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Following grand jury report, Peninsula private defender welcomes more frequent reports on program

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The civil grand jury believes San Mateo County’s Private Defender Program should be evaluated more thoroughly and frequently, and the official in charge of the program said he welcomes the scrutiny.

San Mateo is the only county in California with a population of more than 500,000 that lacks a public defender’s office. Instead, it contracts with private attorneys to provide indigent defense. The San Mateo County Bar Association coordinates the program, and the lawyers involved are independent contractors.

The program was last reviewed in 2012, according to a recent report by the grand jury, and almost a decade had elapsed since the previous evaluation in 2003.
The grand jury recommended evaluating the contract every five years, soliciting public comment during the process, and extensively surveying former defendants who have received services under the program.

The San Francisco Examiner contacted Seth Morris, a deputy public defender in Alameda County, to learn some of the benefits associated with county-run public defender’s offices. In addition to social workers and immigration attorneys, Morris said public defenders often provide assistance with post-conviction relief, such as the Clean Slate Program, which allows some offenders to have misdemeanors expunged from their records.

Along similar lines, Morris said his office also helps residents petition to have certain prior felony convictions reduced to misdemeanors under California’s recently passed Proposition 47. Chief Defender John Digiacinto, who heads San Mateo County’s Private Defender Program, said his organization provides many of the same services and does extensive outreach to let residents know they might qualify for the type of post-conviction relief offered by Prop. 47 and the Clean Slate Program.

Digiacinto said he understands the grand jury’s call for more frequent evaluations, and noted that he helped craft the standards to which the grand jury said his organization should be held.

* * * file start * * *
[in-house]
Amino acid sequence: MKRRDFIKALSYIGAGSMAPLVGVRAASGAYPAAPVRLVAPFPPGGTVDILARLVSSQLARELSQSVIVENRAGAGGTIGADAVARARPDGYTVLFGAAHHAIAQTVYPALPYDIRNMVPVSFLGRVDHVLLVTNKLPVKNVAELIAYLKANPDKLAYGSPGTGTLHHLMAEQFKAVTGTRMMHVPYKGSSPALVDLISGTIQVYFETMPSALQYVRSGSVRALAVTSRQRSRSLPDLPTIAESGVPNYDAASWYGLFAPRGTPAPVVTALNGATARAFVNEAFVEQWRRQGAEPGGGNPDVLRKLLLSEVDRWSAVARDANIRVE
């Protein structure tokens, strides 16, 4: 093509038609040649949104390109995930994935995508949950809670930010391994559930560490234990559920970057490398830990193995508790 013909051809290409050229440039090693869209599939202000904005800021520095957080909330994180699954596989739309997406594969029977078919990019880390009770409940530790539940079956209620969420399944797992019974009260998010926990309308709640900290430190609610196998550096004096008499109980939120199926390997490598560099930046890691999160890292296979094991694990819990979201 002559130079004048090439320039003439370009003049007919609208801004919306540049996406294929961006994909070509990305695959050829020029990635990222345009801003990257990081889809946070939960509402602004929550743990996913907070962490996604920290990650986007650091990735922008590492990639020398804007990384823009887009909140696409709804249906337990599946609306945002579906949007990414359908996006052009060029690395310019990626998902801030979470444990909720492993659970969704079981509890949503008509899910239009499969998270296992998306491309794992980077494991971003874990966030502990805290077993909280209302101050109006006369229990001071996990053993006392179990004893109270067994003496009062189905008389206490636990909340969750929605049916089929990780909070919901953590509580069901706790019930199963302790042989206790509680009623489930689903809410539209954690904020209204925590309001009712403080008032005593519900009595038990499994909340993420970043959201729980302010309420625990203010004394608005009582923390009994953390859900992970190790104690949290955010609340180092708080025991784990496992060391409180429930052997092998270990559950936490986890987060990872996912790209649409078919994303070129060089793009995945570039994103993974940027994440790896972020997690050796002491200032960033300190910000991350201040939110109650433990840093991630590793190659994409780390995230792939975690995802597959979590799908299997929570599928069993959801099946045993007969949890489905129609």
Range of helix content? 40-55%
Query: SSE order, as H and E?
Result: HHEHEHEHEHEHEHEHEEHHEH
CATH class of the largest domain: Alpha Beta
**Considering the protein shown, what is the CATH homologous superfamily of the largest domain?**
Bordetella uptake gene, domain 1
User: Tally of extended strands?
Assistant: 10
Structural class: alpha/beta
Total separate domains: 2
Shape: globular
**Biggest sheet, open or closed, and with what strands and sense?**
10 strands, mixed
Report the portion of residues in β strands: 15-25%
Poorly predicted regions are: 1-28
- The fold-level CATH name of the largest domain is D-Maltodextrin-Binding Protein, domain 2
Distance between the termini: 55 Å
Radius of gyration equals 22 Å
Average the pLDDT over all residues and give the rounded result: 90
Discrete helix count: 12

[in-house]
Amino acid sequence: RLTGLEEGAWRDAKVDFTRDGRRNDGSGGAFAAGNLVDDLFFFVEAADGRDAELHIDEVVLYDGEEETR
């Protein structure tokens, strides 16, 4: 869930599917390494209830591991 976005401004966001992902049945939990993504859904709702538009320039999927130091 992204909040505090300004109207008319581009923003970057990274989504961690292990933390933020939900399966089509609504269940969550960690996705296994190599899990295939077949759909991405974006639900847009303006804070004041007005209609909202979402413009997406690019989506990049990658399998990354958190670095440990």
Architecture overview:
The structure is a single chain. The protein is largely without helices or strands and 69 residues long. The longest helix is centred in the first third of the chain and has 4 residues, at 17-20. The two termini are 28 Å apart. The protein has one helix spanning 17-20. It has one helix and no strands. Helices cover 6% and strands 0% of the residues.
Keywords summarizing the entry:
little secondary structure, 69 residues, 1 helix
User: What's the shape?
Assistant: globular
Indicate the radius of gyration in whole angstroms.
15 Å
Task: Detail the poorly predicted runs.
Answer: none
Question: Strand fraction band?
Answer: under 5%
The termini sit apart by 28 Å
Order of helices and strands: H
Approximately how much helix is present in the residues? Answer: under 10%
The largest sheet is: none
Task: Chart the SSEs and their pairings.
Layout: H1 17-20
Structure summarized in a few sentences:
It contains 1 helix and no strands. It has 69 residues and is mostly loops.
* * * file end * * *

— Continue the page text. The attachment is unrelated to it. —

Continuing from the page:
Some activists have claimed black and Latino defendants might not receive adequate representation from the program and are more likely to be encouraged to accept plea deals. Digiacinto vehemently denied those accusations, calling them “deeply offensive.”
County Supervisor Dave Pine was on the team that evaluated the program in 2012, and said he found no evidence of racial bias in how the organization handled its cases.

Pine recommended that the Private Defender Program survey its clients in 2012. The supervisor said 243 surveys were mailed to clients in fiscal year 2013-14. Twenty of the recipients chose to return the surveys, Pine said, and only one respondent gave negative feedback.

Eighty clients also complained directly to the county about their representation during that period, Pine noted, adding that because the program serves about 20,000 defendants per year, the percentage of dissatisfied clients seemed relatively low.

Despite the 2012 review’s generally favorable findings, Pine said he agrees that the reviews should be done more often. He added that more clients should be surveyed, and county employees should proactively collect the surveys to ensure greater participation.
The county’s current contract with the bar association expires June 30, 2017, and Pine said he would like to see another review completed before the contract is extended.

Digiacinto noted that he already provides comprehensive written reports on his organization’s operations every year, and he said additional scrutiny is appropriate because private defenders play such a crucial role in the criminal justice system.
“We are representing the most vulnerable people on the planet,” Digiacinto said.

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